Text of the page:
The Turtles’ Mark Volman revealed he had been diagnosed with a severe form of dementia in 2020 but vowed to keep touring for as long as he was able.

Lewy body dementia, which notably led to comedian Robin Williams' death in 2014, involves hallucinations, physical tremors and confusion. Symptoms become worse over time, with most patients dying within eight years of diagnosis. Volman expressed determination in a new interview with People, saying, “I got hit by the knowledge that this was going to create a whole new part of my life. And I said, ‘OK, whatever’s going to happen will happen, but I’ll go as far as I can.’”

The 76-year-old guitarist and singer said he started to notice something was wrong in 2018. “I remember slurring, and I wasn’t sure what was going on,” he recalled. “My brain wandered. I’d go off track. It made no sense.” During the interview, he asked if a sofa in the room was a woman whose head was bleeding, and on being assured that no one else could see it, he continued with the interview.

“Right now, for me, it’s not scary, although it probably should be,” Volman reflected. His latest Happy Together tour – named after the Turtles’ biggest hit, but no longer featuring lifelong friend Howard Kaylan, who retired in 2018 – is underway, and he’s found it’s best if he travels between shows by bus. “It’s the safest place for me to be. I can’t get lost or hurt,” he explained. (Volman and Kaylan have also performed as Flo & Eddie.)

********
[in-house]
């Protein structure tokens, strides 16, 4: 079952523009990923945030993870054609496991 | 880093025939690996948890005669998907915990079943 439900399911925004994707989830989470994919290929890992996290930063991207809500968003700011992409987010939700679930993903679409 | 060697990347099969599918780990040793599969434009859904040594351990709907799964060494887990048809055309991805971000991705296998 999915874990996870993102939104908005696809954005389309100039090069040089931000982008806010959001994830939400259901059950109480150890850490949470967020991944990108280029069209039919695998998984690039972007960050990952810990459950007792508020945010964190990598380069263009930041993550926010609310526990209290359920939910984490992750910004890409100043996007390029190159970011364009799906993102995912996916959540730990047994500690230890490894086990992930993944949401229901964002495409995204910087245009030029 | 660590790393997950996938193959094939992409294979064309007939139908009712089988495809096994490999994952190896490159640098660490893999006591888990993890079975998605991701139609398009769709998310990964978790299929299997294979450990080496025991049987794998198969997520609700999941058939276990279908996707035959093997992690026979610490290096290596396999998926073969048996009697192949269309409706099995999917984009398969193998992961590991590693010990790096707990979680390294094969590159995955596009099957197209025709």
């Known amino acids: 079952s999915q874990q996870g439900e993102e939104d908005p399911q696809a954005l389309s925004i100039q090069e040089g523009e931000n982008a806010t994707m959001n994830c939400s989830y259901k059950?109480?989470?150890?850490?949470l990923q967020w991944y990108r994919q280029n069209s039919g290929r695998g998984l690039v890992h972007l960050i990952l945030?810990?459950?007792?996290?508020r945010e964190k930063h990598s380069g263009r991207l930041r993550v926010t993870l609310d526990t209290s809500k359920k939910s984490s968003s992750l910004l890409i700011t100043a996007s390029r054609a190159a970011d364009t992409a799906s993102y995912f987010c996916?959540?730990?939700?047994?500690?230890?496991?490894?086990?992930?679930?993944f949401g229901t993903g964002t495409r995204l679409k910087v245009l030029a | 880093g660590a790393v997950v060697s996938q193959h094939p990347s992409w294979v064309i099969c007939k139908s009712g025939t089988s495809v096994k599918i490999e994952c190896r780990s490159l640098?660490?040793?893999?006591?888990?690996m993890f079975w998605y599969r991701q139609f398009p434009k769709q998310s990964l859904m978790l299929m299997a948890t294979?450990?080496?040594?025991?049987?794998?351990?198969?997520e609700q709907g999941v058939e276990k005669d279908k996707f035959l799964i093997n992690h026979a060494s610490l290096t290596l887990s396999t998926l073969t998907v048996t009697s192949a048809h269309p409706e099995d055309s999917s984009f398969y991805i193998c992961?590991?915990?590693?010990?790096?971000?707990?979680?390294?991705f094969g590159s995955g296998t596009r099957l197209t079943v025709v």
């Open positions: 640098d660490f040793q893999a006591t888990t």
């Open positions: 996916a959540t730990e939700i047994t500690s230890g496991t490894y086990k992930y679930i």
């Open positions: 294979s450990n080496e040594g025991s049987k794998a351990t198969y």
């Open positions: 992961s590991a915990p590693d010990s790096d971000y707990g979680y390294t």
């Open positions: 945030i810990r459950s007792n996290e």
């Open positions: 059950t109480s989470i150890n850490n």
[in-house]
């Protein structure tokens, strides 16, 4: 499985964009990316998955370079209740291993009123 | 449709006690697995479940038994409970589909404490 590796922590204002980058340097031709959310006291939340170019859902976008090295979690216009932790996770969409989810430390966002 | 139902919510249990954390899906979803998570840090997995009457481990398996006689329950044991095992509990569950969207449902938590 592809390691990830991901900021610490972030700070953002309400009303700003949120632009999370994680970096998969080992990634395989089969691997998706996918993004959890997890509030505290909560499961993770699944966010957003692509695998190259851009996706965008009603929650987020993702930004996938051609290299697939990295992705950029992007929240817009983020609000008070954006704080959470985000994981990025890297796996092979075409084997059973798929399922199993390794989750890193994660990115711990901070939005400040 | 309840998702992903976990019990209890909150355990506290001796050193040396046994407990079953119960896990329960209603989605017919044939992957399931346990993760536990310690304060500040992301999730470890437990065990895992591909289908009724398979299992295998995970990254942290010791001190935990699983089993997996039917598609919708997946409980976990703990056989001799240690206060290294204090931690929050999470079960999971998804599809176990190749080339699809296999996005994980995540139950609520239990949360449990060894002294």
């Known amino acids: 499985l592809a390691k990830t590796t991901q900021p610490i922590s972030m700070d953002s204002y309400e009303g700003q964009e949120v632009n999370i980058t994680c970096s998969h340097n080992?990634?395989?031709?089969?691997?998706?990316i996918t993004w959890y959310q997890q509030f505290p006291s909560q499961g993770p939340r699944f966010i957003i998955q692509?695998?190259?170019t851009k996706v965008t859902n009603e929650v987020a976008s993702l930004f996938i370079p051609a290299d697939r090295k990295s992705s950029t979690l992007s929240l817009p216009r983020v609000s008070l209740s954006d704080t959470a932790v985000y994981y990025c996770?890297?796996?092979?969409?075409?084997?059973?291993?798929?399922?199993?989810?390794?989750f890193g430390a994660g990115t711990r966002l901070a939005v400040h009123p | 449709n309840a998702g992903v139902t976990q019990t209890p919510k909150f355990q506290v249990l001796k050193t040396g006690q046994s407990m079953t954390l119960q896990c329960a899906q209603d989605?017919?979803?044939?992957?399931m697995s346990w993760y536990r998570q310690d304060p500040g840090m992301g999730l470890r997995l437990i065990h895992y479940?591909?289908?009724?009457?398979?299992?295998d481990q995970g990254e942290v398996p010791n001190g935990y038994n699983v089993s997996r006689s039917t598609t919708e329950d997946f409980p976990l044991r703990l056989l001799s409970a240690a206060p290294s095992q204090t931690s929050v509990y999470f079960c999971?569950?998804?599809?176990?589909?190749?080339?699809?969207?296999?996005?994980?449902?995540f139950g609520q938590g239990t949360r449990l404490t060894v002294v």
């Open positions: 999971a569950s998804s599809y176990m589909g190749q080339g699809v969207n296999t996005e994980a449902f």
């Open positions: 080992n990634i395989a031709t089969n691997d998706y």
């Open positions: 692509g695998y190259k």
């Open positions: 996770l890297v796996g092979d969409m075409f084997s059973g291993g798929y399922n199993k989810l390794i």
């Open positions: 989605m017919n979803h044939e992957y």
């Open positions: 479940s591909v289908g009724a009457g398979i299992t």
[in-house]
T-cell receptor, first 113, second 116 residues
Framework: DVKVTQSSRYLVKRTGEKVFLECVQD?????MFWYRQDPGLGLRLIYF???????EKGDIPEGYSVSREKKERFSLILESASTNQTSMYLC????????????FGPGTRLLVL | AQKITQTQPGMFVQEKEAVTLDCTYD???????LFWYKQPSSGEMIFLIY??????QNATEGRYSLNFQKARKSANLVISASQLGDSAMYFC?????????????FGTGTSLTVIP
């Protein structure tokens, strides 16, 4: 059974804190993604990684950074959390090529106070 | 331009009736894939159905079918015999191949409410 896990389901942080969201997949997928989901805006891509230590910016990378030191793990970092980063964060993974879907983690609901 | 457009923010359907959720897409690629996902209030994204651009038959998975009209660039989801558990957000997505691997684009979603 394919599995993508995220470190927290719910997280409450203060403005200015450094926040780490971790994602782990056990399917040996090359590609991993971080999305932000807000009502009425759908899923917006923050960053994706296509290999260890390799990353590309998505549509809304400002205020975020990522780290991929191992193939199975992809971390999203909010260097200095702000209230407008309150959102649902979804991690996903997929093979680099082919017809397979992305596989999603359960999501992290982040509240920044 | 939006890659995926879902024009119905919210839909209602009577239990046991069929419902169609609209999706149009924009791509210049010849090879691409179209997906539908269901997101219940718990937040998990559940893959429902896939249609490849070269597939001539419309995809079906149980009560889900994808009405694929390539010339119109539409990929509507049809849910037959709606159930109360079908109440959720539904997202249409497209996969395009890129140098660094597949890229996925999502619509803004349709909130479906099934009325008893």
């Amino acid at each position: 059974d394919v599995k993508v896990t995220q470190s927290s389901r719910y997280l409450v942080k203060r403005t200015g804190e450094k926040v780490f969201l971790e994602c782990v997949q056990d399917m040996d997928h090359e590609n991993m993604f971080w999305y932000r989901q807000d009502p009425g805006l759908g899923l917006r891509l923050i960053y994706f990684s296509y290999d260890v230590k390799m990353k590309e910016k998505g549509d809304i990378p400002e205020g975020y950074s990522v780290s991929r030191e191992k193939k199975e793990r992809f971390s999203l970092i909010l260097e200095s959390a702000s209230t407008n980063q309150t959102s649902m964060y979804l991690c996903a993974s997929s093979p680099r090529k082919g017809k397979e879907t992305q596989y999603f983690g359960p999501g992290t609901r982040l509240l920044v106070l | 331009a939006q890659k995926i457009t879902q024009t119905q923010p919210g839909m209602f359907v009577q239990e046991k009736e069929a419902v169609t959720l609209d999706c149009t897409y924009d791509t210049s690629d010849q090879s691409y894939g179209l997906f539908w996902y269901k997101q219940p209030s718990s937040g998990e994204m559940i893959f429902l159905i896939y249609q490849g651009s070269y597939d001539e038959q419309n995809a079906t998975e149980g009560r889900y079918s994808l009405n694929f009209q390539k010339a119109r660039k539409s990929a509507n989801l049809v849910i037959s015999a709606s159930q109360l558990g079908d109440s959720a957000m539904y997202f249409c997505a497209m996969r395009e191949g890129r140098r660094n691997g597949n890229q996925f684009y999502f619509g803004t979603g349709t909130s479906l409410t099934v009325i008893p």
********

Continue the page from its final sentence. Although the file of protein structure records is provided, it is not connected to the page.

His support group includes his two daughters and his two ex-wives, who help him manage medication and exercise regimes. His specialist physician, Kristen Pilote, admitted he was facing a “slow decline that will eventually interfere with his ability to function,” although she added that Volman “is an exception – he’s a great example of resilience in the setting of a debilitating illness. He’s upbeat and charismatic, and he’s surrounded by people who care about him.”

Volman argued that “the challenges of this world affect everybody, and it’s been kind of fun being on the other side of a challenge like this and saying, ‘I feel good.’ My friends are here. I’m still here. And I want people to connect with me.”

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